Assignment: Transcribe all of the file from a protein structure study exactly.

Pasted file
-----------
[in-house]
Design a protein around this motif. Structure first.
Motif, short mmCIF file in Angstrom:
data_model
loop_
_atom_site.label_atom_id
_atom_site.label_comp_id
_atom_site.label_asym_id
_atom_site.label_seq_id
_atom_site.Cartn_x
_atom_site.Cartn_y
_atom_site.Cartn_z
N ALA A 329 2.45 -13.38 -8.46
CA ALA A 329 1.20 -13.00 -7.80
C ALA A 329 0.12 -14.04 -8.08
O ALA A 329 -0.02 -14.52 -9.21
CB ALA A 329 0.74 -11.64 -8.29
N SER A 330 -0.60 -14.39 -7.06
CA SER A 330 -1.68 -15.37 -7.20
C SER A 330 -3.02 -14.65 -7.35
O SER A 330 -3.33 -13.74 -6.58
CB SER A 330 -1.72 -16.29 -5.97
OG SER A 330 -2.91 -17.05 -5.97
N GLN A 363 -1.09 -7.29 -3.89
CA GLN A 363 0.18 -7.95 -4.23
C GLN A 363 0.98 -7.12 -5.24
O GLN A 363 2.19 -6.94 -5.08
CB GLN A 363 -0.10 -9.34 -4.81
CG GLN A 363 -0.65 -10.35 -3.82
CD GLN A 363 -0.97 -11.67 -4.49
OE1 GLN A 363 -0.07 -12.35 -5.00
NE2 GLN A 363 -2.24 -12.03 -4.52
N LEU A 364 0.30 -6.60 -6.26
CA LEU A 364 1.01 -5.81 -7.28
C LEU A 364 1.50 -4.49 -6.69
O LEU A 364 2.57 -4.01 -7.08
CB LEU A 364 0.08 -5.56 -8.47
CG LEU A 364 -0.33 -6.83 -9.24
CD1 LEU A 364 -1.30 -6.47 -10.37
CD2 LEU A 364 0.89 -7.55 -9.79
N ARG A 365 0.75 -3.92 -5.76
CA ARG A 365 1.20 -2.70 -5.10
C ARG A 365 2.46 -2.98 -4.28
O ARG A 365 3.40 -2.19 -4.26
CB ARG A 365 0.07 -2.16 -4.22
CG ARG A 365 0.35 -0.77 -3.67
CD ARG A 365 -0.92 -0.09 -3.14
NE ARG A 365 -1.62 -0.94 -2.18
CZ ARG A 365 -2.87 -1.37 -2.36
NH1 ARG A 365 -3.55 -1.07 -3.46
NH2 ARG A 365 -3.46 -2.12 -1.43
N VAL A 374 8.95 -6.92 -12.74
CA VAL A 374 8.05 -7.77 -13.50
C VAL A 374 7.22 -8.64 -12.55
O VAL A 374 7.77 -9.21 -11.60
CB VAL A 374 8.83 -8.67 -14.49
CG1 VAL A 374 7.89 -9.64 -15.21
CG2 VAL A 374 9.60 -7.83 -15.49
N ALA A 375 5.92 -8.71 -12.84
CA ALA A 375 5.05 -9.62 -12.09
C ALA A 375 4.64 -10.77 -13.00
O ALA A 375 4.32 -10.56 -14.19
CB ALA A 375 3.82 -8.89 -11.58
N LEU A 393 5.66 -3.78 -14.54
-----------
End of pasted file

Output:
[in-house]
Design a protein around this motif. Structure first.
Motif, short mmCIF file in Angstrom:
data_model
loop_
_atom_site.label_atom_id
_atom_site.label_comp_id
_atom_site.label_asym_id
_atom_site.label_seq_id
_atom_site.Cartn_x
_atom_site.Cartn_y
_atom_site.Cartn_z
N ALA A 329 2.45 -13.38 -8.46
CA ALA A 329 1.20 -13.00 -7.80
C ALA A 329 0.12 -14.04 -8.08
O ALA A 329 -0.02 -14.52 -9.21
CB ALA A 329 0.74 -11.64 -8.29
N SER A 330 -0.60 -14.39 -7.06
CA SER A 330 -1.68 -15.37 -7.20
C SER A 330 -3.02 -14.65 -7.35
O SER A 330 -3.33 -13.74 -6.58
CB SER A 330 -1.72 -16.29 -5.97
OG SER A 330 -2.91 -17.05 -5.97
N GLN A 363 -1.09 -7.29 -3.89
CA GLN A 363 0.18 -7.95 -4.23
C GLN A 363 0.98 -7.12 -5.24
O GLN A 363 2.19 -6.94 -5.08
CB GLN A 363 -0.10 -9.34 -4.81
CG GLN A 363 -0.65 -10.35 -3.82
CD GLN A 363 -0.97 -11.67 -4.49
OE1 GLN A 363 -0.07 -12.35 -5.00
NE2 GLN A 363 -2.24 -12.03 -4.52
N LEU A 364 0.30 -6.60 -6.26
CA LEU A 364 1.01 -5.81 -7.28
C LEU A 364 1.50 -4.49 -6.69
O LEU A 364 2.57 -4.01 -7.08
CB LEU A 364 0.08 -5.56 -8.47
CG LEU A 364 -0.33 -6.83 -9.24
CD1 LEU A 364 -1.30 -6.47 -10.37
CD2 LEU A 364 0.89 -7.55 -9.79
N ARG A 365 0.75 -3.92 -5.76
CA ARG A 365 1.20 -2.70 -5.10
C ARG A 365 2.46 -2.98 -4.28
O ARG A 365 3.40 -2.19 -4.26
CB ARG A 365 0.07 -2.16 -4.22
CG ARG A 365 0.35 -0.77 -3.67
CD ARG A 365 -0.92 -0.09 -3.14
NE ARG A 365 -1.62 -0.94 -2.18
CZ ARG A 365 -2.87 -1.37 -2.36
NH1 ARG A 365 -3.55 -1.07 -3.46
NH2 ARG A 365 -3.46 -2.12 -1.43
N VAL A 374 8.95 -6.92 -12.74
CA VAL A 374 8.05 -7.77 -13.50
C VAL A 374 7.22 -8.64 -12.55
O VAL A 374 7.77 -9.21 -11.60
CB VAL A 374 8.83 -8.67 -14.49
CG1 VAL A 374 7.89 -9.64 -15.21
CG2 VAL A 374 9.60 -7.83 -15.49
N ALA A 375 5.92 -8.71 -12.84
CA ALA A 375 5.05 -9.62 -12.09
C ALA A 375 4.64 -10.77 -13.00
O ALA A 375 4.32 -10.56 -14.19
CB ALA A 375 3.82 -8.89 -11.58
N LEU A 393 5.66 -3.78 -14.54